New method allows tracking origin of meteorites older than the Sun

Meteorites are fundamental to our understanding of the beginning of the Solar System. They are like the leftovers of a work that keeps part of the environment of this distant past of our planetary system. Some formed with the death of stars similar to the Sun and carry secrets even older than they. Now, a new approach led by scientists at Washington University offers a glimpse into the chemistry of these stars and a pre-solar period.

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One of the biggest challenges in the study of pre-solar grains is to determine their origin, that is, from which star they formed. Previous research has been able to determine, for example, the age of these elements. However, Nan Liu, a professor at Washington University and the main author of the new approach, believes that the methods used so far to determine the nature of these space fragments were not the best.

Electron microscope image of a carbide silicon extracted from the meteorite (Image: Reproduction/NASA/Nan Liu/Andrew Davis)
For the study, Liu and his team analyzed samples of Murchinson meteorites — about 100 kg of meteorites that fell in the Australian city of Murchinson in 660. The scientist explains that these meteorites are primitive, that is, they formed at the beginning of the Solar System and since then they remain practically intact. “Most meteorites that come from the asteroid belt suffer collisions and heating,” he adds.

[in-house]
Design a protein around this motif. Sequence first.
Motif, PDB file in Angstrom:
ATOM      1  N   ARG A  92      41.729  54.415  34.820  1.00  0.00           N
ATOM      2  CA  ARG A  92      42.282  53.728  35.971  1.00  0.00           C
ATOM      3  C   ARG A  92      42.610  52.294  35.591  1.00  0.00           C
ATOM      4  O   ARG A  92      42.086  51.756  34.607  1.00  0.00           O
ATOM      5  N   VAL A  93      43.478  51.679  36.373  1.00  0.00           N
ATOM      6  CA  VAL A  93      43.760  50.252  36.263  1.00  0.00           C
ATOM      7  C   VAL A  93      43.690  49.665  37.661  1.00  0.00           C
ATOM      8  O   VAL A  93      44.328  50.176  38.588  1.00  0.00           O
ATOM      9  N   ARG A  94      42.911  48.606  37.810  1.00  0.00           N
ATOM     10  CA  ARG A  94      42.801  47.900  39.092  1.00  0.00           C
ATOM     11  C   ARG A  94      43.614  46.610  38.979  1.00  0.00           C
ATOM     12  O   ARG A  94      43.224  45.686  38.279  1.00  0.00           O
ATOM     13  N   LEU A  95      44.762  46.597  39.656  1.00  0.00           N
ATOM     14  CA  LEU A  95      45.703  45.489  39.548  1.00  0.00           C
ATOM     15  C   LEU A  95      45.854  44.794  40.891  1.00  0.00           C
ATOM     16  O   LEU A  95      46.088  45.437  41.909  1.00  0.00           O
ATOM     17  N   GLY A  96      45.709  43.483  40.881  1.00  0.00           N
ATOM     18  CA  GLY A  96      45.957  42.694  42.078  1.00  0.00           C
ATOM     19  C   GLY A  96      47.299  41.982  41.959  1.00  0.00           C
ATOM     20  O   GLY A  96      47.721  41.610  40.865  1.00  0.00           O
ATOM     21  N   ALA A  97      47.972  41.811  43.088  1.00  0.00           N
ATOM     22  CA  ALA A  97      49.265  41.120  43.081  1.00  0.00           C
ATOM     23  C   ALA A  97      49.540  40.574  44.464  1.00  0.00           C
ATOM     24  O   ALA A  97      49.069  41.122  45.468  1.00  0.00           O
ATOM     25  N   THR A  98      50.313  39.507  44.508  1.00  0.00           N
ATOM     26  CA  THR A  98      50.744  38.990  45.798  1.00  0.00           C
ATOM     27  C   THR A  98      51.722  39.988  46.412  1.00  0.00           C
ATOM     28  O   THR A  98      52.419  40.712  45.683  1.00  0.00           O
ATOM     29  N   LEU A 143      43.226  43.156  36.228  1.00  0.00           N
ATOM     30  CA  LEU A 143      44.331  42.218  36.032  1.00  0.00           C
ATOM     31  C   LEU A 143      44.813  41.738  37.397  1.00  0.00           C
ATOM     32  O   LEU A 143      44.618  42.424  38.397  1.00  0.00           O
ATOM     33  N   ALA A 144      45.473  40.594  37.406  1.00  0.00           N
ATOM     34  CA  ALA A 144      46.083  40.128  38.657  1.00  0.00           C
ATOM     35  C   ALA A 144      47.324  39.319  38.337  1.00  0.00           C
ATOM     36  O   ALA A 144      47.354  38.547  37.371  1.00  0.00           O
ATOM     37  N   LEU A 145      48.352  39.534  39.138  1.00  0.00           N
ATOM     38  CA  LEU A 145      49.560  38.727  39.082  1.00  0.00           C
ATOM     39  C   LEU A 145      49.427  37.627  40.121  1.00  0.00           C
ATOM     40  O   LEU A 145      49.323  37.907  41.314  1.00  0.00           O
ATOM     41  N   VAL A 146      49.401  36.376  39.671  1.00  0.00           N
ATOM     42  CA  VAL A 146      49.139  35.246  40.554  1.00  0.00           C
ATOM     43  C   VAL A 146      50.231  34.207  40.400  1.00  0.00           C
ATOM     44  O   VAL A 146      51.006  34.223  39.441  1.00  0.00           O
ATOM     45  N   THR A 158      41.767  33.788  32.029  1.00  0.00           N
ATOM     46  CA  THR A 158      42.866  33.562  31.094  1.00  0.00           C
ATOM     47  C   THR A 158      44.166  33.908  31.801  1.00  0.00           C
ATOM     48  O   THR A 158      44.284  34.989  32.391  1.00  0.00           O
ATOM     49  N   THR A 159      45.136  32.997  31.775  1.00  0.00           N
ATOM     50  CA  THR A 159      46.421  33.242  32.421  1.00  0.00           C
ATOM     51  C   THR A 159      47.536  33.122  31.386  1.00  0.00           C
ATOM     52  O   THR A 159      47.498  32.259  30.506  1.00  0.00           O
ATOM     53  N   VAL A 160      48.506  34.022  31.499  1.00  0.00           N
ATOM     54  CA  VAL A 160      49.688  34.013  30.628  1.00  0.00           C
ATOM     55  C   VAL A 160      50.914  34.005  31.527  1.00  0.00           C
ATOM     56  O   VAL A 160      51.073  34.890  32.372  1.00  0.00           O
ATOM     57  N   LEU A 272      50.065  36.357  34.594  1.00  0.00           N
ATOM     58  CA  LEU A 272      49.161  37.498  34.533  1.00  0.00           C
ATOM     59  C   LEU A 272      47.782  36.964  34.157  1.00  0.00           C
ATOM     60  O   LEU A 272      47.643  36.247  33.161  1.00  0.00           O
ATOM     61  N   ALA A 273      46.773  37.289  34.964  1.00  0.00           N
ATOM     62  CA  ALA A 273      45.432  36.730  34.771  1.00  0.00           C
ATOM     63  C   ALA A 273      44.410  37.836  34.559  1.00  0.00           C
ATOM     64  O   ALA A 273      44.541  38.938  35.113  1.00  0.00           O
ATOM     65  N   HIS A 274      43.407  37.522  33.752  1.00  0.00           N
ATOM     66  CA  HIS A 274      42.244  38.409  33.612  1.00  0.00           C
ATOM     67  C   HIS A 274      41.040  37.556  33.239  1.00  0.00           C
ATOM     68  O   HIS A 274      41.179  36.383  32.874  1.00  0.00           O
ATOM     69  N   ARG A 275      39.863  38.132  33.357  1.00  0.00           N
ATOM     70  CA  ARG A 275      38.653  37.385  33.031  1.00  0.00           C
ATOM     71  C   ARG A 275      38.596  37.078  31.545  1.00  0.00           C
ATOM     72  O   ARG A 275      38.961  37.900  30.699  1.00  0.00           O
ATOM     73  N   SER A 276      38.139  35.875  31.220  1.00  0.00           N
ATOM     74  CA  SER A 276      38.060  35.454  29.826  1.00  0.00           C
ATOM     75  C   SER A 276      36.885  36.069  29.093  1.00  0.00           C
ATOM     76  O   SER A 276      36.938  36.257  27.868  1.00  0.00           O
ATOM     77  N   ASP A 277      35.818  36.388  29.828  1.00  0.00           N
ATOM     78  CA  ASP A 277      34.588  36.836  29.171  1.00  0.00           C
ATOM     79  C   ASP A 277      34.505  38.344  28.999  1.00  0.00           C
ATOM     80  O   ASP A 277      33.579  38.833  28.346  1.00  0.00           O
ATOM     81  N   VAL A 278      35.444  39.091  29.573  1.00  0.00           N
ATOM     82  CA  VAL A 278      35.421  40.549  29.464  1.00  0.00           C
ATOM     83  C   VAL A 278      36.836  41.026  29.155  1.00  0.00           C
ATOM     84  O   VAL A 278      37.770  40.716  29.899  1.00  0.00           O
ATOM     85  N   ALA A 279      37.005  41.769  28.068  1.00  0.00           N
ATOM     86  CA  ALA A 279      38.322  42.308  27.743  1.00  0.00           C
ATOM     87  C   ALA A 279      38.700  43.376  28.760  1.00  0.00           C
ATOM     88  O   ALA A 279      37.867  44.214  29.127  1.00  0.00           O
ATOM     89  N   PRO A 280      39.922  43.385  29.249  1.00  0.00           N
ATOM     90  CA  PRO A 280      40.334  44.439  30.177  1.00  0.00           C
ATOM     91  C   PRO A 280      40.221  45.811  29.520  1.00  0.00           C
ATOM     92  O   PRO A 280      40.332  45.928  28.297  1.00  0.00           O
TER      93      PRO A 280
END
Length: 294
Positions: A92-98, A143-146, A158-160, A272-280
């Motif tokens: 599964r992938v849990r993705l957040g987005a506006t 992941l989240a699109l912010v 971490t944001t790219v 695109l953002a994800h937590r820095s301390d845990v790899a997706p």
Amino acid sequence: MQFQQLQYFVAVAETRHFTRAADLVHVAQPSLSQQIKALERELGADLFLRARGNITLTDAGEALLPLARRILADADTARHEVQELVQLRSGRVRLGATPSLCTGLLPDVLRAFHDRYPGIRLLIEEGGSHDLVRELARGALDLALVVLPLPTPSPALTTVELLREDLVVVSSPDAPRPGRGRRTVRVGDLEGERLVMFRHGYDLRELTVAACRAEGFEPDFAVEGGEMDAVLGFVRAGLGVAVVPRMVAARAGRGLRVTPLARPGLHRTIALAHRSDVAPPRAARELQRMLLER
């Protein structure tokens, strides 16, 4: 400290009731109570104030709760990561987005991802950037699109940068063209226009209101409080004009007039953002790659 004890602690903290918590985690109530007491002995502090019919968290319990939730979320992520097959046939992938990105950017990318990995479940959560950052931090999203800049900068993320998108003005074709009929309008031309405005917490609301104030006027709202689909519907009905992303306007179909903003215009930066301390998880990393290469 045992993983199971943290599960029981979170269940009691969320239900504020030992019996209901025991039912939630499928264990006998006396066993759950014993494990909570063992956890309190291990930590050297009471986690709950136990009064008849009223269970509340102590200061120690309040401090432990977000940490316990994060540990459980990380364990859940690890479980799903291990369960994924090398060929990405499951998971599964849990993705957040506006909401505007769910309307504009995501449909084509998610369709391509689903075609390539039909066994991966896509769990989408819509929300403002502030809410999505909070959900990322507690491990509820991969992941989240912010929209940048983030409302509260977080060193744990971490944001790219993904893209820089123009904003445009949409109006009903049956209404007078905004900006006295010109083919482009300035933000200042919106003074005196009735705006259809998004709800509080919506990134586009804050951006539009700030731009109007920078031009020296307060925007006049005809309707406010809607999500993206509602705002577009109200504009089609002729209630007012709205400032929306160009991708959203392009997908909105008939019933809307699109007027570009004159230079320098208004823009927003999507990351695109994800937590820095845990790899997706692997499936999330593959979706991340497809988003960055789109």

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These meteorites in question have grains even older than the Sun in its material. “These grains are made of silicon carbide, that is, silicon and carbon atoms,” explains Liu. However, silicon carbide does not form naturally in our planetary system. For researchers, the likely origin of these fragments are carbon stars (red giants) whose atmosphere contains more carbon than oxygen.

Spectroscopy of silicon carbide grains (Image: Reproduction /Nan Liu)

Previous measurements reveal rates of carbon isotopes and much lower nitrogen in these grains, explains Liu. According to her, these space rock fragments spent hundreds of millions of years in the interstellar medium and billions of years in the Solar System. Therefore, the surface of this material may have absorbed other elements at that time. So the researchers developed a method that would remove any impurities from these grains.

First, they dissolved pieces of the meteorite in acid until they became tiny fragments of silicon carbide. These grains were then bathed in beams of cesium and oxygen ions to get rid of any traces of recent components. At the end of the process, the team performed spectroscopic measurements of their isotopic composition.

Now, the results were much closer to the data from observations of carbon stars, according to Liu. In addition to confirming the original suspicion as to the origin of these grains, the discovery offers a new opportunity to understand more about this specific type of star. But Nan Liu points out that further research is still needed to confirm this approach.

The study was published in the scientific journal Astrophysical Journal Letters.


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